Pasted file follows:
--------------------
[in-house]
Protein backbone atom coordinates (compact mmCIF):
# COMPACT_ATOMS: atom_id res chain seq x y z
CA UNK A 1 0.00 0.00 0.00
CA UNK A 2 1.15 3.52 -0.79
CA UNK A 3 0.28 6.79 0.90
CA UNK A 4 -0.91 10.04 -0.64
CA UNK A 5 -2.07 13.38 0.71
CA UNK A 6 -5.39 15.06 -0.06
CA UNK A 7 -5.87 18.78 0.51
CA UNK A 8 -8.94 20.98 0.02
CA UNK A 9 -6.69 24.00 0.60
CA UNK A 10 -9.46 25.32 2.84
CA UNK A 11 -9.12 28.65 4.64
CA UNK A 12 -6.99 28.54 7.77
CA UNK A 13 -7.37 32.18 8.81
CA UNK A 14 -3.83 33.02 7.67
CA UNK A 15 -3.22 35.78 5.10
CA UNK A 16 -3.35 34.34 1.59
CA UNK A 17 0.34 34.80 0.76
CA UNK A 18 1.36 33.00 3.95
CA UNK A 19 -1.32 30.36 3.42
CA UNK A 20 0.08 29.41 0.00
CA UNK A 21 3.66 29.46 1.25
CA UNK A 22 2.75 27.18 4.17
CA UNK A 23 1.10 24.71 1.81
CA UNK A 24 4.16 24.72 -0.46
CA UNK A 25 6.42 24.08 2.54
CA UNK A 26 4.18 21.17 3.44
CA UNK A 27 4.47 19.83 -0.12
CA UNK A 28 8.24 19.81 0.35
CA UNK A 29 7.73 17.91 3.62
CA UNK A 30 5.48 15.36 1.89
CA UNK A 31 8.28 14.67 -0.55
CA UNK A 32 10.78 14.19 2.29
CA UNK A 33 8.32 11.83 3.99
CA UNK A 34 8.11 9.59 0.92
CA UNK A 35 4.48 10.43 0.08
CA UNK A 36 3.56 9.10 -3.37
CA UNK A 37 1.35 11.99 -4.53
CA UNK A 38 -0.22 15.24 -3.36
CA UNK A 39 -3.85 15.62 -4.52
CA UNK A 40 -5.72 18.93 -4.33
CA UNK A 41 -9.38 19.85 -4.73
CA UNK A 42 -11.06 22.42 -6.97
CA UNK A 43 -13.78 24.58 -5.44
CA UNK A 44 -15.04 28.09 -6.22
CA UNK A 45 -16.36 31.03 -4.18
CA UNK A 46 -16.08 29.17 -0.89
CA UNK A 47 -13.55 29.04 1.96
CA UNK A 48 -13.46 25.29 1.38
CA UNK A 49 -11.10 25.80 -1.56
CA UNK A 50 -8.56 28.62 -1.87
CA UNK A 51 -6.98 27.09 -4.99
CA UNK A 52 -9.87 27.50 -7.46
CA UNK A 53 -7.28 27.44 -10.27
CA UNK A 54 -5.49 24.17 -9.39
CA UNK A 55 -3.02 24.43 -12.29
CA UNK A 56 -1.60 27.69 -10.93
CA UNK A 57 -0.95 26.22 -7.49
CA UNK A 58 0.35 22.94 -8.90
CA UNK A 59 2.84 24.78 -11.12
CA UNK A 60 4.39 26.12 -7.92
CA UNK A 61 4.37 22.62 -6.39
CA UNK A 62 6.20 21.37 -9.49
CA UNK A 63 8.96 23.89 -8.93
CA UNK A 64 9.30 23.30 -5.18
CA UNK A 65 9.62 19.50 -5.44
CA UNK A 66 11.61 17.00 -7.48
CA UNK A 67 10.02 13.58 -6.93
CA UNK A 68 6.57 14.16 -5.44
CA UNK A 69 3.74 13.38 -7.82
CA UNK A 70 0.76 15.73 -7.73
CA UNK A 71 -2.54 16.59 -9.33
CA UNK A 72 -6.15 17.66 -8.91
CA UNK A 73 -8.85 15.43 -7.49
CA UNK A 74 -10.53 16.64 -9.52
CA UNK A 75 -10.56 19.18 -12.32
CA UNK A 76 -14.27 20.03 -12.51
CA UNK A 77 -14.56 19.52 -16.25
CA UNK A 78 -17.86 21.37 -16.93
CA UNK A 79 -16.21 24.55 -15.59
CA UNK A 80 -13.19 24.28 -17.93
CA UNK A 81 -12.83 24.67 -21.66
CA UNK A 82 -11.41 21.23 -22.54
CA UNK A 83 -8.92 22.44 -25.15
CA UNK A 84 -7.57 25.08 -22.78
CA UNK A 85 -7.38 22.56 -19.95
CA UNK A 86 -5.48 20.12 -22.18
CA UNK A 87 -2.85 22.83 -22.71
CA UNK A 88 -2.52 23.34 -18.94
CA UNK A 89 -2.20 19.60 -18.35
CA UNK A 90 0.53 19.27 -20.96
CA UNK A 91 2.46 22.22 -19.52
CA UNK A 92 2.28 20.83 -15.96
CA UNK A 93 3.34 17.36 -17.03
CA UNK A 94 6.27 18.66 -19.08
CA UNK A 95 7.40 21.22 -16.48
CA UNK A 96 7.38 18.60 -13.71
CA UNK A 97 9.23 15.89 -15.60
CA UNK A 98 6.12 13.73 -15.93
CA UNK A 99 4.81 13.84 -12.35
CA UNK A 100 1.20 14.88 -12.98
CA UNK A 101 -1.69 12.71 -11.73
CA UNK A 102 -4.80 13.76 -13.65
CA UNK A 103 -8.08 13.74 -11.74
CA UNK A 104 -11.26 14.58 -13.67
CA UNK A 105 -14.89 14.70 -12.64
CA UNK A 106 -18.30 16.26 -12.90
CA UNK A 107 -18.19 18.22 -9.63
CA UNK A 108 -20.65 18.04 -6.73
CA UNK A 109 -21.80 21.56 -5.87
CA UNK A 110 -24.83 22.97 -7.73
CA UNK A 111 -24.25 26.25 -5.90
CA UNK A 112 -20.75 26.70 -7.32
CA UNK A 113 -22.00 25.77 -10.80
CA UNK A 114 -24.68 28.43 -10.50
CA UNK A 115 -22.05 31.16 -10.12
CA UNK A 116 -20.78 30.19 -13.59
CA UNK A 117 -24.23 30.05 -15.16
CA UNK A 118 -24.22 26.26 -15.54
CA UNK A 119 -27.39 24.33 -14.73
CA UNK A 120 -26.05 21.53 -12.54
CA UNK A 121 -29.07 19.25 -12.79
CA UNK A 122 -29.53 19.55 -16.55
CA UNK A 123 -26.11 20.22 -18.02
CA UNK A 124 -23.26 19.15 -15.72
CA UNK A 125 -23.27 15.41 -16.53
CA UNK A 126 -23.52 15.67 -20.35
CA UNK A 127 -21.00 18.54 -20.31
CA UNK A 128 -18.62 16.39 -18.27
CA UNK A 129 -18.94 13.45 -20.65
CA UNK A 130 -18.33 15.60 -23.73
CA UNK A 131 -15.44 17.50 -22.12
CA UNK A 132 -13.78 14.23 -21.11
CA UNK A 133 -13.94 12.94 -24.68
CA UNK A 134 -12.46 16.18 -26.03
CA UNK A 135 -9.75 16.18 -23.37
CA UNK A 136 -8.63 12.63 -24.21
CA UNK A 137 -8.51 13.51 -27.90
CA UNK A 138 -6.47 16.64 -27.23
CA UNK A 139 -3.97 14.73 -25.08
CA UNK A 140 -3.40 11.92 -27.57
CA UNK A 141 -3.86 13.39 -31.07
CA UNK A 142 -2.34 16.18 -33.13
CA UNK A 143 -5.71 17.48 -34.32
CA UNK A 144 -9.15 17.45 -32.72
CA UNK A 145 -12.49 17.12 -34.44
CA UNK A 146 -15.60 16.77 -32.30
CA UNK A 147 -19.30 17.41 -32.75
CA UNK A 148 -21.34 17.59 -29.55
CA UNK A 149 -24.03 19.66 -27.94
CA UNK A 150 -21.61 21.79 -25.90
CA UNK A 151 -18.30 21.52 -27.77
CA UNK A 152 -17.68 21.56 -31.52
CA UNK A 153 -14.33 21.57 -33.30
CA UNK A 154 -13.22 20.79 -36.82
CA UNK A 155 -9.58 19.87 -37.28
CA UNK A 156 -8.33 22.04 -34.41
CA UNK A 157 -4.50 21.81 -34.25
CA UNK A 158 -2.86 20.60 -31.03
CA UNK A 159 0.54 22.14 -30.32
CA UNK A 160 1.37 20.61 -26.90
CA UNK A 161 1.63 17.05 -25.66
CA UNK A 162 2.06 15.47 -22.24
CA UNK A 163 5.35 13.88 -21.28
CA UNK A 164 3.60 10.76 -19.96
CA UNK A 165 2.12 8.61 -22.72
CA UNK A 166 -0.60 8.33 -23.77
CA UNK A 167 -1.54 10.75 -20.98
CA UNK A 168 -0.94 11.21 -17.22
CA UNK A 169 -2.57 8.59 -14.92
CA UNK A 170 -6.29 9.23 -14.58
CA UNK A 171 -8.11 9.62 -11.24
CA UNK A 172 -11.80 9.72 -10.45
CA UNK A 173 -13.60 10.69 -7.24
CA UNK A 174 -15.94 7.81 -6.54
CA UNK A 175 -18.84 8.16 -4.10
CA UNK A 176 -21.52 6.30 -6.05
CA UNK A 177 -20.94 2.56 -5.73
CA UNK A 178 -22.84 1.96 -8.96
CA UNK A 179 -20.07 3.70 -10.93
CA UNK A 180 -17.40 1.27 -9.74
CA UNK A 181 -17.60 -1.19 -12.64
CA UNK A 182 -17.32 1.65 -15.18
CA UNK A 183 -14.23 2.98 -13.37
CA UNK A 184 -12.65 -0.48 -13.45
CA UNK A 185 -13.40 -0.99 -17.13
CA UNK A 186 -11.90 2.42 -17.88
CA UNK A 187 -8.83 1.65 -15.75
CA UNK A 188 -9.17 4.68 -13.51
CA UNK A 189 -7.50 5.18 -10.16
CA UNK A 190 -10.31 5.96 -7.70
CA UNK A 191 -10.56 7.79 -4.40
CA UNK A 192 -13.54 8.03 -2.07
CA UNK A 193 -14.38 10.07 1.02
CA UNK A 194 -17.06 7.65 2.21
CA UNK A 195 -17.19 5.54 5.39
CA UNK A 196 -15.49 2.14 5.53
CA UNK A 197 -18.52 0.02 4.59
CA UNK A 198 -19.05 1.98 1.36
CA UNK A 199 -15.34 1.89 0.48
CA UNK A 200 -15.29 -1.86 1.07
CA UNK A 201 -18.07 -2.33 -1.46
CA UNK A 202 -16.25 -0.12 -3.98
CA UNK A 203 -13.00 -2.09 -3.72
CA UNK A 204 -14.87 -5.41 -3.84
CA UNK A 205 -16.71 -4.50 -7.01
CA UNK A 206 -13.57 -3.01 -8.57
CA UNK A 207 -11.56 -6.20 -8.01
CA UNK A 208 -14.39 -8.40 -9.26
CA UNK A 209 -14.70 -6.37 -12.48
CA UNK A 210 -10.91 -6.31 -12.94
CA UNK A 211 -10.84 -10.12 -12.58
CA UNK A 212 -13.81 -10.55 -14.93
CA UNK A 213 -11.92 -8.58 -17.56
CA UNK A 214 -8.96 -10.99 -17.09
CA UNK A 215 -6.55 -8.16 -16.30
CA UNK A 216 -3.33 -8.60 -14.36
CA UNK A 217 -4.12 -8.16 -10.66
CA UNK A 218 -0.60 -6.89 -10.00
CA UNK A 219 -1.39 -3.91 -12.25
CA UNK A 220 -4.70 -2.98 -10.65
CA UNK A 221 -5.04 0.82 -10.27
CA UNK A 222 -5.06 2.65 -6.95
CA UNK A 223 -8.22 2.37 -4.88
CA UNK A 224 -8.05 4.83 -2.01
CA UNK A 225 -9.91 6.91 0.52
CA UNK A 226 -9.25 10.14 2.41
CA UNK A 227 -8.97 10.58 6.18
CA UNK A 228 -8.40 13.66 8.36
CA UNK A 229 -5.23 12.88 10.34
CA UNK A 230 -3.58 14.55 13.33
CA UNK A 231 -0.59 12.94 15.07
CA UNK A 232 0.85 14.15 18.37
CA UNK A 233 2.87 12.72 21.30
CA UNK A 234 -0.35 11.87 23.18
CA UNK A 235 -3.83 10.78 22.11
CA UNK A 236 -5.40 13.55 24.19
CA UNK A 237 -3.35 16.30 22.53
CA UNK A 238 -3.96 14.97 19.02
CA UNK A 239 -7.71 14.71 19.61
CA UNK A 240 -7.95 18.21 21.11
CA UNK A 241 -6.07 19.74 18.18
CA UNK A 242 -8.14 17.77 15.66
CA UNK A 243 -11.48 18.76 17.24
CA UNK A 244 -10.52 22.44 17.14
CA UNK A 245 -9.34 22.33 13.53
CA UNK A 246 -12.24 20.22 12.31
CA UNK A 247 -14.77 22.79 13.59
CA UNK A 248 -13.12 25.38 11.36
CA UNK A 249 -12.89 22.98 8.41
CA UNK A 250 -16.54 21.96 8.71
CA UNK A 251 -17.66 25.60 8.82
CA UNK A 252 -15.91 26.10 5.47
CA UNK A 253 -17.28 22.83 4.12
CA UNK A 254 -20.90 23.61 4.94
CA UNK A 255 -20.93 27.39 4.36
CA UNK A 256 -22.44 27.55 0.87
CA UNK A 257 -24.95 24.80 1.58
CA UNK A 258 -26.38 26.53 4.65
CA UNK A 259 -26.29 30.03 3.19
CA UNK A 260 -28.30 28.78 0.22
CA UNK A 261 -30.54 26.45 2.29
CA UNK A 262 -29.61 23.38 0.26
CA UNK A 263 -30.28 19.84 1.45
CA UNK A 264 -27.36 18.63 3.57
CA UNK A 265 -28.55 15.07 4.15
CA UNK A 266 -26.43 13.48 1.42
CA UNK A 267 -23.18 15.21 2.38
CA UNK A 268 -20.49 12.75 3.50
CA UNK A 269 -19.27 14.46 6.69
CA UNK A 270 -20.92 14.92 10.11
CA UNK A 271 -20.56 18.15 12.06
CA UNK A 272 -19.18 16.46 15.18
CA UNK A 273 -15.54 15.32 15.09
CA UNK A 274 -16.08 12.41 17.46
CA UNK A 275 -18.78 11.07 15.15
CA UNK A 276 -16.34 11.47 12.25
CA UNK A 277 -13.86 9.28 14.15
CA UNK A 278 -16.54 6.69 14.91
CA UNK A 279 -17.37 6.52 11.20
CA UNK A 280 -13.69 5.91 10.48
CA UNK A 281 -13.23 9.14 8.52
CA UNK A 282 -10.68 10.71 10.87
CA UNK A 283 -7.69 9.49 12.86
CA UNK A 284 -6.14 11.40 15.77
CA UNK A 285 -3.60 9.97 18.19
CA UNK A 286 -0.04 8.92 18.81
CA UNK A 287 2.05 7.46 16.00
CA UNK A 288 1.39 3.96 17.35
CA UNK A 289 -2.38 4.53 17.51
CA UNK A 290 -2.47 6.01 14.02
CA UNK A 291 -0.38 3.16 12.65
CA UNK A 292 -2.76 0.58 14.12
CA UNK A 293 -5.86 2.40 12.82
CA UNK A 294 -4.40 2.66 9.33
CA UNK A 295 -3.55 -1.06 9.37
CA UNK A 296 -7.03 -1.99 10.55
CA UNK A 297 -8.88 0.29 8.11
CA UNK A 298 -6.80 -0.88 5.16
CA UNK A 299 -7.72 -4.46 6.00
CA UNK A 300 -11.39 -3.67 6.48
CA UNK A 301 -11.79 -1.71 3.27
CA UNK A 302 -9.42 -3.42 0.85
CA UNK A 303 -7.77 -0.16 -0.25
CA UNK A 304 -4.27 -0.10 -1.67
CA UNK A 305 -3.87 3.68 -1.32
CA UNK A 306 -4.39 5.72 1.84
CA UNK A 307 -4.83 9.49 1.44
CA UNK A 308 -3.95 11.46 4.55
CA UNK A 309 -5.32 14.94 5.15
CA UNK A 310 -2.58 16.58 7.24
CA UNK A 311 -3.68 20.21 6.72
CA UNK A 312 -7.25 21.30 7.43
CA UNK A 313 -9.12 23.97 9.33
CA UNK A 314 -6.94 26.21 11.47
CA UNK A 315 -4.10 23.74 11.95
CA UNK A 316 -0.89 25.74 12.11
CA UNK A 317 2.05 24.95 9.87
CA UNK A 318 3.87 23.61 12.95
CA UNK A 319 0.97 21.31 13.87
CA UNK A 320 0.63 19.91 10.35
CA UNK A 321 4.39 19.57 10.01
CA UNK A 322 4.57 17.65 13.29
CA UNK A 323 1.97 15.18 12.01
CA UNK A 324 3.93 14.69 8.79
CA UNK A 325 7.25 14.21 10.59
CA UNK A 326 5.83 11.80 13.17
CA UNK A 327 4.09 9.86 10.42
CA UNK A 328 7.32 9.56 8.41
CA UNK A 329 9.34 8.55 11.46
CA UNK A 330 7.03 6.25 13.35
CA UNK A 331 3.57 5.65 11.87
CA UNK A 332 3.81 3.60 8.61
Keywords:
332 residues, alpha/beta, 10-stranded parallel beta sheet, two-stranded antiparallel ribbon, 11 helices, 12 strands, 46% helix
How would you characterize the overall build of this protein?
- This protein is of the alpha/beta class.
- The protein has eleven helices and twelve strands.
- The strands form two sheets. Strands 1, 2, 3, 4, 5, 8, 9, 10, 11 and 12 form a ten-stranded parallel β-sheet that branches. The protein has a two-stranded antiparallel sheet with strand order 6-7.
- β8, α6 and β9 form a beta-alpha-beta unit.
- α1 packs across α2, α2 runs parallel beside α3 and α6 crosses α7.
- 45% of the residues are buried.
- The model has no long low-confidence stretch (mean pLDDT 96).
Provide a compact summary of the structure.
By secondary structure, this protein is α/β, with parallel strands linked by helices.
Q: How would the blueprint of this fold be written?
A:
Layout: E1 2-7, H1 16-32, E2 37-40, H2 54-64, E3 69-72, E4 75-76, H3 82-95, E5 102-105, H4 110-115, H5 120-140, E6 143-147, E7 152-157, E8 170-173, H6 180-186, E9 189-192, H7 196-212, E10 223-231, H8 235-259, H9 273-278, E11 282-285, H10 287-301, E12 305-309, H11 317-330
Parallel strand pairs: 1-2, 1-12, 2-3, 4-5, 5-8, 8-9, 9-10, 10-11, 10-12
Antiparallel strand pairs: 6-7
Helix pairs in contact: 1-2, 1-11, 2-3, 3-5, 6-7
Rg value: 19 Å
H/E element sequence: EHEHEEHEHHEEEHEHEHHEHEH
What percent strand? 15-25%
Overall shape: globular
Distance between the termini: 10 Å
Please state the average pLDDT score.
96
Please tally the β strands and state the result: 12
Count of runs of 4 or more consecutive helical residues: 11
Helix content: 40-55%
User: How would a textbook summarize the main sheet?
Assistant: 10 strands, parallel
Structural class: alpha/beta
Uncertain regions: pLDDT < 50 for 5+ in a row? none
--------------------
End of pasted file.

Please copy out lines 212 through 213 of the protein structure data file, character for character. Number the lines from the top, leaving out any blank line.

CA UNK A 209 -14.70 -6.37 -12.48
CA UNK A 210 -10.91 -6.31 -12.94